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Creating Your First Blueprint

It is completely normal to feel overwhelmed when you first open the node editor. There are so many nodes, and so many things you can do with them! But don't worry, we will walk you through the basics of blueprints in this section.

Your First Blueprint

Let's start with a simple example. Suppose you want to shake the camera when the Esc key is pressed. First, click the Add Blueprint button in the toolbar to add a new blueprint. You can optionally rename the blueprint to something more meaningful, e.g., "Shake Camera On Esc", but we can leave it for now.

Adding a new blueprint.

This is a beautiful blueprint, but it is also completely useless. We need to add some nodes to it. Type "on keystroke" in the search bar, and you should see the On Keystroke Pressed node. Drag it to the node editor, and you should see something like this:

Adding the On Keystroke Pressed node.

提示

If you have accidentally dragged the wrong node, you can click to select the node and press Delete to delete it. Alternatively, you can also use the Undo button.

Awesome! Now, we need to add a node that shakes the camera. Type "shake camera" in the search bar, and you should see the Shake Camera node. Drag it next to the On Keystroke Pressed node, and here's a challenge for you: try to connect the On Keystroke Pressed node to the Shake Camera node like below.

Adding the Shake Camera node and connecting it to the On Keystroke Pressed node.

If you clicked on the green dot next to the Exit on the On Keystroke Pressed node and dragged it to the green dot next to the Enter on the Shake Camera node, congratulations! You have great intuition. By the way, you can remove the connection by clicking on either end of the connection and dragging it away.

提示

The green dots on the right side of a node are called flow outputs, while the green dots on the left side of a node are called flow inputs. So, you just connected the Exit flow output of the On Keystroke Pressed node to the Enter flow input of the Shake Camera node.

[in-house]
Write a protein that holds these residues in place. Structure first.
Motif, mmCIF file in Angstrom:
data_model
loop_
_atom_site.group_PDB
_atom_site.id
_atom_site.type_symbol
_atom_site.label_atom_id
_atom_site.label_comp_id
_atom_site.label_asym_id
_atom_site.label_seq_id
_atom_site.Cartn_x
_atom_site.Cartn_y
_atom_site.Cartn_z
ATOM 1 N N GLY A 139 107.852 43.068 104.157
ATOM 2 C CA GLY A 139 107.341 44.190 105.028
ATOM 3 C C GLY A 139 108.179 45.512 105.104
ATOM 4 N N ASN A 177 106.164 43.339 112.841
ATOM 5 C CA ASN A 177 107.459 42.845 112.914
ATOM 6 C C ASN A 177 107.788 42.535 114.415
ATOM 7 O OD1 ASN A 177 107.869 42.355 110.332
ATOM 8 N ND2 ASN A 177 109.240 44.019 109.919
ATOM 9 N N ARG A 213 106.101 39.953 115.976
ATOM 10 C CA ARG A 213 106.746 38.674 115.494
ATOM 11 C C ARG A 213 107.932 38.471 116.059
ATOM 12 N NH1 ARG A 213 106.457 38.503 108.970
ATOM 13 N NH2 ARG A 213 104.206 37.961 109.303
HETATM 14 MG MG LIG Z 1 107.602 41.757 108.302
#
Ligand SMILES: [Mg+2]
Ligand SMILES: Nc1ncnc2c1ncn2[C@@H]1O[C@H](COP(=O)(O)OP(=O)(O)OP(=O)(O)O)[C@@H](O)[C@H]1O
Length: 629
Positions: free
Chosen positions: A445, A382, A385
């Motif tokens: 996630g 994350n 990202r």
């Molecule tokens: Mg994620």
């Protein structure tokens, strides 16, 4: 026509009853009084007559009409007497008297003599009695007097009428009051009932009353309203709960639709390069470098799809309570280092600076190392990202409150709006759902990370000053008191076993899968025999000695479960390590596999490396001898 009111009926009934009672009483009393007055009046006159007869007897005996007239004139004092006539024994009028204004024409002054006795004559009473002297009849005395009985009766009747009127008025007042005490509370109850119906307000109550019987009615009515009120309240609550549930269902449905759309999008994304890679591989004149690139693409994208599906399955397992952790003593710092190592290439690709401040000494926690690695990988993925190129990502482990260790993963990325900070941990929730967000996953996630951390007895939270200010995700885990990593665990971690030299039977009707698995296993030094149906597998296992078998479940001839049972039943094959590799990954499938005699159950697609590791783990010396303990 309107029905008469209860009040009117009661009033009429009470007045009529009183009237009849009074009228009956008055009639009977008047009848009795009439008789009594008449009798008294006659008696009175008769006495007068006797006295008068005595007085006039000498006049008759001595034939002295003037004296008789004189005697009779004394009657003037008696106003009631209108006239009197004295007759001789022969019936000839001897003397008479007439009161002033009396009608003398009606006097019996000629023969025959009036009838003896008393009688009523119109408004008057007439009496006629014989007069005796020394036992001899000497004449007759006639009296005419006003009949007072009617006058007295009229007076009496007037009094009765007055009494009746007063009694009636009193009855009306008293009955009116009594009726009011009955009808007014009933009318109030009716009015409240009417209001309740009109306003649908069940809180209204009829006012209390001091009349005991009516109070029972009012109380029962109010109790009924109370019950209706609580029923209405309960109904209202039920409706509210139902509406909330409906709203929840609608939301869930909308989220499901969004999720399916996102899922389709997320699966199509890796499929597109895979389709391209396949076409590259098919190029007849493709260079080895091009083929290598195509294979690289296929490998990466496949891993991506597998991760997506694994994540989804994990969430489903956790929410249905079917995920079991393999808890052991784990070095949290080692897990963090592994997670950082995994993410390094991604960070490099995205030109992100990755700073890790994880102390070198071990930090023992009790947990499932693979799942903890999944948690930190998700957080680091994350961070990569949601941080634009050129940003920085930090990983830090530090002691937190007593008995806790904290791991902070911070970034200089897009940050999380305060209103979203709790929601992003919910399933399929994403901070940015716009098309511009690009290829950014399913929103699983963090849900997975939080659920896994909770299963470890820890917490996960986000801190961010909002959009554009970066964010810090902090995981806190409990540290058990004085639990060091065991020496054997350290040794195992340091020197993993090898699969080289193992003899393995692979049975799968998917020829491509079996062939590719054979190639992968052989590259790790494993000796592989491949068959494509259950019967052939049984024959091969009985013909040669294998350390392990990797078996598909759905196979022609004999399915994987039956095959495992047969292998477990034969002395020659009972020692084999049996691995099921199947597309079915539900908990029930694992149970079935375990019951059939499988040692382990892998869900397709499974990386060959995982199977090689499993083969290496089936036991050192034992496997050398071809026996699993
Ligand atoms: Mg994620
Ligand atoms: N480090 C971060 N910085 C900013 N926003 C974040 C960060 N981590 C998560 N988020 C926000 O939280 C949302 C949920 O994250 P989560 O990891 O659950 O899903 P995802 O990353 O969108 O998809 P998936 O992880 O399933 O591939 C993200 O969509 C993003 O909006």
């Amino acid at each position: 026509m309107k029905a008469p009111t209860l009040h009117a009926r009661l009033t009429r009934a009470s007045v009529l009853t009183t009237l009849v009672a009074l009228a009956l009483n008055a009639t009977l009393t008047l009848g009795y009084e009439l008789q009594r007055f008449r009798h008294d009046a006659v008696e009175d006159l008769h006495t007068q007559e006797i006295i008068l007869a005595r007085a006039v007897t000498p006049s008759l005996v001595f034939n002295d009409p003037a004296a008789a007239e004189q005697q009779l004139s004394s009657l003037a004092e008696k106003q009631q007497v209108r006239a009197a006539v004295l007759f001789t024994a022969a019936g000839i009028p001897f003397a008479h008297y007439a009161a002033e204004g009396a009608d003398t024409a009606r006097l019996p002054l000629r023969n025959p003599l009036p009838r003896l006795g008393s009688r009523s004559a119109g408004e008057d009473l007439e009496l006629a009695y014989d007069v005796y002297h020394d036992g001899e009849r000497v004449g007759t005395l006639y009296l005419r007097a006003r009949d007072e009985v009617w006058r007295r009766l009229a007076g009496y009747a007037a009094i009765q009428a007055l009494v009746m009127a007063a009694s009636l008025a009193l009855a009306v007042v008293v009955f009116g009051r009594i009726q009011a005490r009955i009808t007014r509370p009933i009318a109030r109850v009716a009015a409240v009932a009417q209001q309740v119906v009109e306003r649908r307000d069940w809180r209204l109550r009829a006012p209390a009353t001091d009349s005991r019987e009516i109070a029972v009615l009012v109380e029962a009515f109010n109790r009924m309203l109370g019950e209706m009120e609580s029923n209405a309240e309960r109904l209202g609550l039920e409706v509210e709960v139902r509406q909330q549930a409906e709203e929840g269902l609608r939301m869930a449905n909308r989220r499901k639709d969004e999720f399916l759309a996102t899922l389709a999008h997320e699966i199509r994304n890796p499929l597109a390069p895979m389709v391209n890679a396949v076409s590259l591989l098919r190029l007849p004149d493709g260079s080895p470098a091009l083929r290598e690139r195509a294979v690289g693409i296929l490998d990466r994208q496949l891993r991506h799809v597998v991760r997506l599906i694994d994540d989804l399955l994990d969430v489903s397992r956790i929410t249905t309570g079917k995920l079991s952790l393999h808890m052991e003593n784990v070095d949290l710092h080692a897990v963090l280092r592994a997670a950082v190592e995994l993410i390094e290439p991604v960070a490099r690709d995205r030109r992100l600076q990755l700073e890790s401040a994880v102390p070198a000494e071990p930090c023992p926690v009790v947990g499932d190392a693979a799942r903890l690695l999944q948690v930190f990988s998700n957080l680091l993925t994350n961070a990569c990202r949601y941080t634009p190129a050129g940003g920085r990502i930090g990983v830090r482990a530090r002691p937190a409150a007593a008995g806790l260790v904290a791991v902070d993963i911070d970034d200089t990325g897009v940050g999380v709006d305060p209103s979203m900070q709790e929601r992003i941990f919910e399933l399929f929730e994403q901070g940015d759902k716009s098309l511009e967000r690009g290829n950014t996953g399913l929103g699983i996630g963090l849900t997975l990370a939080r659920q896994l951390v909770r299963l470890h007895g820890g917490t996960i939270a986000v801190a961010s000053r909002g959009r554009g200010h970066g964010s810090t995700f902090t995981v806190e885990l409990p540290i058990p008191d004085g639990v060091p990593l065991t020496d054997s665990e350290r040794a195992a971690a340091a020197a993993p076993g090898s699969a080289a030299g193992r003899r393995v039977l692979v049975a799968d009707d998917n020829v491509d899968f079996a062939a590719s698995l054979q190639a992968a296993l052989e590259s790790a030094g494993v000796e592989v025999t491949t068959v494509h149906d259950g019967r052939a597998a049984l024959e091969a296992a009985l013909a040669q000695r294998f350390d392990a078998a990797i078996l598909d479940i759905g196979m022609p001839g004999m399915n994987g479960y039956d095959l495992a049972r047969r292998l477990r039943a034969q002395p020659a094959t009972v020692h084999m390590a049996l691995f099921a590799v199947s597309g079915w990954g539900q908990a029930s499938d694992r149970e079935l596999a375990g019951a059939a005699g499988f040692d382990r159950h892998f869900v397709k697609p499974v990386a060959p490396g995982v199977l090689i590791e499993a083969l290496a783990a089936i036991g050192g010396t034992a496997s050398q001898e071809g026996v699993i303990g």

A flow connection determines the order in which the nodes are triggered. In this example, we are saying that when the On Keystroke Pressed node is triggered, the Shake Camera node should be triggered next.

We are done, right? Let's try to press the Esc key and see if the camera shakes.

Huh, the camera didn't shake at all. I wonder why?

Let's take a closer look at the Shake Camera node. It has a Camera data input, but it is not set to anything! Let's select our camera from the dropdown:

Setting the Camera data input.

Let's try to press the Esc key again. If the camera shakes, congratulations! You have successfully created your first blueprint.

Passing Data Between Nodes

Now, you may wonder what are these black dots next to the data inputs on the Shake Camera node. Indeed, they look suspiciously similar to the green dots next to the Enter flow input. Maybe they can also be connected to something?

Indeed, they can! Let's drag a Get Main Camera node from the node palette to the node editor, click the black dot next to the Camera data output of the Get Main Camera node, and drag it to the black dot next to the Camera data input of the Shake Camera node, like this:

Connecting the Get Main Camera node to the Shake Camera node.

提示

Recall that Warudo supports multiple cameras, and the main camera is the camera that is currently shown in the main window.